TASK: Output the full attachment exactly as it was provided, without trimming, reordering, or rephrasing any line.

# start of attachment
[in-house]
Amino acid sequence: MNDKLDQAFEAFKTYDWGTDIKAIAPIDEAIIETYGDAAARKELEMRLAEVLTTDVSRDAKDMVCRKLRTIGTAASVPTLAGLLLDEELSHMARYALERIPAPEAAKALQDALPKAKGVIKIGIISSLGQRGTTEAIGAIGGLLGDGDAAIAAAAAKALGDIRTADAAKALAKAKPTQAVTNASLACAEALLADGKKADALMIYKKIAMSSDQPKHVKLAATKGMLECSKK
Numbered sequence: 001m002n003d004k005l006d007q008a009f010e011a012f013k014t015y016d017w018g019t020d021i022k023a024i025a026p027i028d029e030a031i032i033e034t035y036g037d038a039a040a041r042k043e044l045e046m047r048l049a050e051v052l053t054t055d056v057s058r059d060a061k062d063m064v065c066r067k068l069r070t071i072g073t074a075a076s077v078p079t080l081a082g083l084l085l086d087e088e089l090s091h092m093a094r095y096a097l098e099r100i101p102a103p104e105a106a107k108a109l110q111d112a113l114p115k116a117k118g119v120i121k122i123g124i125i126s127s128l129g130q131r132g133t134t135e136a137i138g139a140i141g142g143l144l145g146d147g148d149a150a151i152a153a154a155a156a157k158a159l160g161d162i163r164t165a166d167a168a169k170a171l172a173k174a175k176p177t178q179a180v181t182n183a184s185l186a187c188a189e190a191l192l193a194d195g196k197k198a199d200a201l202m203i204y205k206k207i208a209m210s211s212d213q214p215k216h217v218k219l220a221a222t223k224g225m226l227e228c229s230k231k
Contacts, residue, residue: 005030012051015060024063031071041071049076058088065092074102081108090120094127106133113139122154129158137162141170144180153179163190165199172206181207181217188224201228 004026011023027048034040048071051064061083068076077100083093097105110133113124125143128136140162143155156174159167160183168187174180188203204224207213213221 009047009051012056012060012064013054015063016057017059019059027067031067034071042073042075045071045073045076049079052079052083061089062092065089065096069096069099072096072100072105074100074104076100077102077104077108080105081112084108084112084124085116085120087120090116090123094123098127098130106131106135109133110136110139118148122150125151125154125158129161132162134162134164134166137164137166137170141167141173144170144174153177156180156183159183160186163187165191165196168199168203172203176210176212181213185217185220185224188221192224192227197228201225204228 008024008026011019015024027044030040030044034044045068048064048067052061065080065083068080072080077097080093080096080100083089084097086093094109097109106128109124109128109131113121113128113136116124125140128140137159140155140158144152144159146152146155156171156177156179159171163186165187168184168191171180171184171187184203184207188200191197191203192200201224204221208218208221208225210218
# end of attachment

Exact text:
[in-house]
Amino acid sequence: MNDKLDQAFEAFKTYDWGTDIKAIAPIDEAIIETYGDAAARKELEMRLAEVLTTDVSRDAKDMVCRKLRTIGTAASVPTLAGLLLDEELSHMARYALERIPAPEAAKALQDALPKAKGVIKIGIISSLGQRGTTEAIGAIGGLLGDGDAAIAAAAAKALGDIRTADAAKALAKAKPTQAVTNASLACAEALLADGKKADALMIYKKIAMSSDQPKHVKLAATKGMLECSKK
Numbered sequence: 001m002n003d004k005l006d007q008a009f010e011a012f013k014t015y016d017w018g019t020d021i022k023a024i025a026p027i028d029e030a031i032i033e034t035y036g037d038a039a040a041r042k043e044l045e046m047r048l049a050e051v052l053t054t055d056v057s058r059d060a061k062d063m064v065c066r067k068l069r070t071i072g073t074a075a076s077v078p079t080l081a082g083l084l085l086d087e088e089l090s091h092m093a094r095y096a097l098e099r100i101p102a103p104e105a106a107k108a109l110q111d112a113l114p115k116a117k118g119v120i121k122i123g124i125i126s127s128l129g130q131r132g133t134t135e136a137i138g139a140i141g142g143l144l145g146d147g148d149a150a151i152a153a154a155a156a157k158a159l160g161d162i163r164t165a166d167a168a169k170a171l172a173k174a175k176p177t178q179a180v181t182n183a184s185l186a187c188a189e190a191l192l193a194d195g196k197k198a199d200a201l202m203i204y205k206k207i208a209m210s211s212d213q214p215k216h217v218k219l220a221a222t223k224g225m226l227e228c229s230k231k
Contacts, residue, residue: 005030012051015060024063031071041071049076058088065092074102081108090120094127106133113139122154129158137162141170144180153179163190165199172206181207181217188224201228 004026011023027048034040048071051064061083068076077100083093097105110133113124125143128136140162143155156174159167160183168187174180188203204224207213213221 009047009051012056012060012064013054015063016057017059019059027067031067034071042073042075045071045073045076049079052079052083061089062092065089065096069096069099072096072100072105074100074104076100077102077104077108080105081112084108084112084124085116085120087120090116090123094123098127098130106131106135109133110136110139118148122150125151125154125158129161132162134162134164134166137164137166137170141167141173144170144174153177156180156183159183160186163187165191165196168199168203172203176210176212181213185217185220185224188221192224192227197228201225204228 008024008026011019015024027044030040030044034044045068048064048067052061065080065083068080072080077097080093080096080100083089084097086093094109097109106128109124109128109131113121113128113136116124125140128140137159140155140158144152144159146152146155156171156177156179159171163186165187168184168191171180171184171187184203184207188200191197191203192200201224204221208218208221208225210218